Narcotic vs. Opiate
An estimated 11.5 million people misused prescription opioids in 2016. More than 42,000 people died because of an opioid overdose in 2016, and more than two million people were classified as having an opioid misuse disorder. The opioid epidemic costs more than $504 billion economically. The opioid epidemic has undoubtedly ravaged families and entire communities. As part of the epidemic, it can be important to learn what different terms mean, particularly if you’re afraid a loved one could be misusing opioids or struggling with an opioid addiction. Three of the most common terms are opioid, opiate and narcotic.
Opioids have been long used for both recreational and medicinal purposes, and some come from natural opium while others are synthetically manufactured to have a structure replicating opium. The term opioid tends to be used to cover any drug that is similar in structure to opium. Within the larger category of opioids, there are natural opiates, synthetic and semi-synthetic substances. The term “narcotic” is typically used interchangeably with the term “opioid.”
Synthetic opiates are drugs that have opiate-like effects. They’re related to naturally-derived opiates because of their structure and their effects. Fentanyl is one example of a synthetic opiate, and it’s one of the deadliest when misused. Fentanyl is included in a skin patch for around-the-clock pain. Increasingly, fentanyl is being added to other opioids sold on the streets, and when that happens, it causes a spike in overdoses. There are also analogs of fentanyl, such as acetylfentanyl and carfentanil. Semi-synthetic opiates include hydromorphone. Hydrocodone is another popular prescribed and often misused semi-synthetic opioid, which has a mechanism of action similar to codeine. Oxycodone is also semi-synthetic and is derived from a particular opium alkaloid.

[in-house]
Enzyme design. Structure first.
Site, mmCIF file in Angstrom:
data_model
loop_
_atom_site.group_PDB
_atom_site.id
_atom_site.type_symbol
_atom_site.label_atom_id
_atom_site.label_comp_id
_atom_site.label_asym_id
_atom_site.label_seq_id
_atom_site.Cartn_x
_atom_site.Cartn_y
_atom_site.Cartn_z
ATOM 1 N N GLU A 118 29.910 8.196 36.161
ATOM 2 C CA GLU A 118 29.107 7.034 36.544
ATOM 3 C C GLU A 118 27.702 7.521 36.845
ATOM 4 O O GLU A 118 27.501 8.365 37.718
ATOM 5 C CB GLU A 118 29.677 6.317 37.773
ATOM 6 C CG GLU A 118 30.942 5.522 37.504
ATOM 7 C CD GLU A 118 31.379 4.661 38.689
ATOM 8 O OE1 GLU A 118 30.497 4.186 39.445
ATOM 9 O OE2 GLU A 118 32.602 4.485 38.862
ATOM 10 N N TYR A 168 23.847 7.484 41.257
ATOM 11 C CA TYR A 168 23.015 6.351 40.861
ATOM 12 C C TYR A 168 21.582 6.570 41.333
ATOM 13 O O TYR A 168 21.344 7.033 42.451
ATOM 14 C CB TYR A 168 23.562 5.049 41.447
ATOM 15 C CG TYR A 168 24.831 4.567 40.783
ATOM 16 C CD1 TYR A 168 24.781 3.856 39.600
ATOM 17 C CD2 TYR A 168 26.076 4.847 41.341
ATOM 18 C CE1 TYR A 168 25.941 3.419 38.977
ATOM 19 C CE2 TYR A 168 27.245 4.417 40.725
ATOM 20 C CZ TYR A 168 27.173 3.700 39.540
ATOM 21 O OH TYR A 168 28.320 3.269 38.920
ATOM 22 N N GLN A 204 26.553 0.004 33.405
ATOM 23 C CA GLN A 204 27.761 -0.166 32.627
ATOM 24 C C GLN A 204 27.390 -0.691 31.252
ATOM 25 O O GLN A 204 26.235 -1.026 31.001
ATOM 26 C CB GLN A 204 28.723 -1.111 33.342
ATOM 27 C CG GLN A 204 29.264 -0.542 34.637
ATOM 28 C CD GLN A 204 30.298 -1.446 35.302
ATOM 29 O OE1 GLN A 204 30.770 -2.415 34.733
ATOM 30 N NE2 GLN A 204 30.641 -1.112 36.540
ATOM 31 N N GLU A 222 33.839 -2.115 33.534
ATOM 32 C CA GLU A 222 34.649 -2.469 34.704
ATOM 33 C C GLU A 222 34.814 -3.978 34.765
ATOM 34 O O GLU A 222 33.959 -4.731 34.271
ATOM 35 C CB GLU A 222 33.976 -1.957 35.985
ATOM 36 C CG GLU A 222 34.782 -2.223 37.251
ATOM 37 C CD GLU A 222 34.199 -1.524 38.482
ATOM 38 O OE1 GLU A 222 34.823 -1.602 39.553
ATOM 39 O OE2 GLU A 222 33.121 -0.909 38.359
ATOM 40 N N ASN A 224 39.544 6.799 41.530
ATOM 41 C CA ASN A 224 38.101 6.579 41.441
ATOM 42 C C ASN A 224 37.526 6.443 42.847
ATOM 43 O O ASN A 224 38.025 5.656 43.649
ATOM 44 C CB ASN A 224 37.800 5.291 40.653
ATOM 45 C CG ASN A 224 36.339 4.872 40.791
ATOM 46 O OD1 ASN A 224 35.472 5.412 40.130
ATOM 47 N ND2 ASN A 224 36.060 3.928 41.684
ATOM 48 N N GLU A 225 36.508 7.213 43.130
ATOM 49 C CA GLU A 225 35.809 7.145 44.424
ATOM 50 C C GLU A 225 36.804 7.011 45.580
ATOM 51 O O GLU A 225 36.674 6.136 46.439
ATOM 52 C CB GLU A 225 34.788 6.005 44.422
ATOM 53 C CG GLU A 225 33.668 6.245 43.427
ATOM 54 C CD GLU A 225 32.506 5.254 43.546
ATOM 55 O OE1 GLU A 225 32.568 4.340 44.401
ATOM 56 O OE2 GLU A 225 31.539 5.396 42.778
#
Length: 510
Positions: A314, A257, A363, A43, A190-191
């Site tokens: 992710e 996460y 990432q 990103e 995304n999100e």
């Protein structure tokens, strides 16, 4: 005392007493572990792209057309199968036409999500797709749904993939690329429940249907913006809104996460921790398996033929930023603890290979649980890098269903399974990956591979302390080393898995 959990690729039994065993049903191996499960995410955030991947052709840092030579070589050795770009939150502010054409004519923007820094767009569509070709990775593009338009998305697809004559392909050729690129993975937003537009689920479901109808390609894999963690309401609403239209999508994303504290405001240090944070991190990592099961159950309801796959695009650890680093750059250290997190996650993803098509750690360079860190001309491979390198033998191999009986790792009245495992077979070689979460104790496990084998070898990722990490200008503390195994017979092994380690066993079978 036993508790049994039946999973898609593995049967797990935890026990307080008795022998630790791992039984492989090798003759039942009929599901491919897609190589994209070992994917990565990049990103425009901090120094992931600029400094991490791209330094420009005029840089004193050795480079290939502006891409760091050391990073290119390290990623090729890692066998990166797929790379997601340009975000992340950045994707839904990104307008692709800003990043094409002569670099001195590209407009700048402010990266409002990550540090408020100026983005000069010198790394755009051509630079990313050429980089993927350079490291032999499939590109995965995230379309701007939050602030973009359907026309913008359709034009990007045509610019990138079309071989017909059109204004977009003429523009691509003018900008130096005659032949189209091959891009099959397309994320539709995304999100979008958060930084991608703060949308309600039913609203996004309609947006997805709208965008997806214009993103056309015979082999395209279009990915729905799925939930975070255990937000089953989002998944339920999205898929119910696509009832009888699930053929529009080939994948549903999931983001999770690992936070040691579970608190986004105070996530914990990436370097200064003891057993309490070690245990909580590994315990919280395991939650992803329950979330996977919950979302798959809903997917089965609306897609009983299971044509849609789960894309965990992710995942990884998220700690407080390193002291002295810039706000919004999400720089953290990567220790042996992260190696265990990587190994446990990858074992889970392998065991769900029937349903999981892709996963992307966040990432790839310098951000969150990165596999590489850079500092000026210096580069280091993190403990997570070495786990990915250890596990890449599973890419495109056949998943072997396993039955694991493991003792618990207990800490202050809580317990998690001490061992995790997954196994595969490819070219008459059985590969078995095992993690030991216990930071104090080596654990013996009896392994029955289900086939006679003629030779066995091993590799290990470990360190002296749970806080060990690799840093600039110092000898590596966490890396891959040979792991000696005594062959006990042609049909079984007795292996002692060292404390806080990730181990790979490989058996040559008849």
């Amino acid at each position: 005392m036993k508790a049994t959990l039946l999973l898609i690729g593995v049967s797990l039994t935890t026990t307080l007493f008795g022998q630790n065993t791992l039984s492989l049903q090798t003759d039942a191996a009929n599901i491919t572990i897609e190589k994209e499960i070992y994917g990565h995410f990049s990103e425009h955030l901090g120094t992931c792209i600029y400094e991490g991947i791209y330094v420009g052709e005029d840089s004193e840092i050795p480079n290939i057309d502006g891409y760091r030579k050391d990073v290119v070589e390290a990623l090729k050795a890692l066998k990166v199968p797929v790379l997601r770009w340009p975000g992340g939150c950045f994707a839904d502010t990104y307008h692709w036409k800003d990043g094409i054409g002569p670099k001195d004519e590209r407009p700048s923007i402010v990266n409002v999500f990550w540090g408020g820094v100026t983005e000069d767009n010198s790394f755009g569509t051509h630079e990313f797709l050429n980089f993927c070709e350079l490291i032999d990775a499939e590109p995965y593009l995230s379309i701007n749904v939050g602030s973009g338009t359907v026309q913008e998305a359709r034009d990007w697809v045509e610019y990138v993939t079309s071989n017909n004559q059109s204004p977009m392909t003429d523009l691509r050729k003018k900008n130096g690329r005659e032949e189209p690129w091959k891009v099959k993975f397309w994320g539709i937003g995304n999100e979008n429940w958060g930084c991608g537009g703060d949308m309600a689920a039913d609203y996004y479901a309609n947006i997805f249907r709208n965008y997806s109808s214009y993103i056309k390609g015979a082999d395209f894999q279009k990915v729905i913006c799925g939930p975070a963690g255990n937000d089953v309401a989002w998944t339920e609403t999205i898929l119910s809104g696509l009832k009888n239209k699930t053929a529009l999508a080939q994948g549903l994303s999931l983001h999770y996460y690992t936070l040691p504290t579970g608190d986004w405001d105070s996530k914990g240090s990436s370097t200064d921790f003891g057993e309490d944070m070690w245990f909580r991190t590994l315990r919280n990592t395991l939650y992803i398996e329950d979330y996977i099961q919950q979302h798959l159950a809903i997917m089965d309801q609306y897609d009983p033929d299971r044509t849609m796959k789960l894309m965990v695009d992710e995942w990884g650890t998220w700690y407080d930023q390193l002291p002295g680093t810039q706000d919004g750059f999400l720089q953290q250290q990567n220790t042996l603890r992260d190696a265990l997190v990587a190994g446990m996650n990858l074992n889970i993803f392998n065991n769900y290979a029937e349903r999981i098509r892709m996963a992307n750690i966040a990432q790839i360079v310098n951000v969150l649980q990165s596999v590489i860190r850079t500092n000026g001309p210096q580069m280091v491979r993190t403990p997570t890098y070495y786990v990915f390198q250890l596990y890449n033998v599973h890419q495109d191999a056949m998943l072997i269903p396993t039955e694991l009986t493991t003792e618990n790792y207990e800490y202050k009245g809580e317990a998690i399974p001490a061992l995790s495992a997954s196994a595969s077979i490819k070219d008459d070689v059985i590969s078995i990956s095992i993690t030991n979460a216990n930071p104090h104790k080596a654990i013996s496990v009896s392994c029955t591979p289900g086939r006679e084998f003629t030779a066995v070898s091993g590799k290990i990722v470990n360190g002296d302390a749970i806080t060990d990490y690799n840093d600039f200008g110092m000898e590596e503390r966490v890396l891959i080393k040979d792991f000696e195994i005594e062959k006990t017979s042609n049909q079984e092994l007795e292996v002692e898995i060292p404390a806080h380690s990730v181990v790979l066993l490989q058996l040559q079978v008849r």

Narcotics, opiates and opioids are all drugs that reduce the intensity of pain signals reaching the brain. They all affect certain areas of the brain that control emotion and the reward center. The only main difference between opiates and opioids is that opiates are naturally-derived, while opioids are man-made.
If you or a loved one is struggling with opioid addiction, reach out to The Recovery Village. We have program options available to help you or your loved one overcome opioid substance use disorder.
Medical Disclaimer: The Recovery Village aims to improve the quality of life for people struggling with a substance use or mental health disorder with fact-based content about the nature of behavioral health conditions, treatment options and their related outcomes. We publish material that is researched, cited, edited and reviewed by licensed medical professionals. The information we provide is not intended to be a substitute for professional medical advice, diagnosis or treatment. It should not be used in place of the advice of your physician or other qualified healthcare provider.
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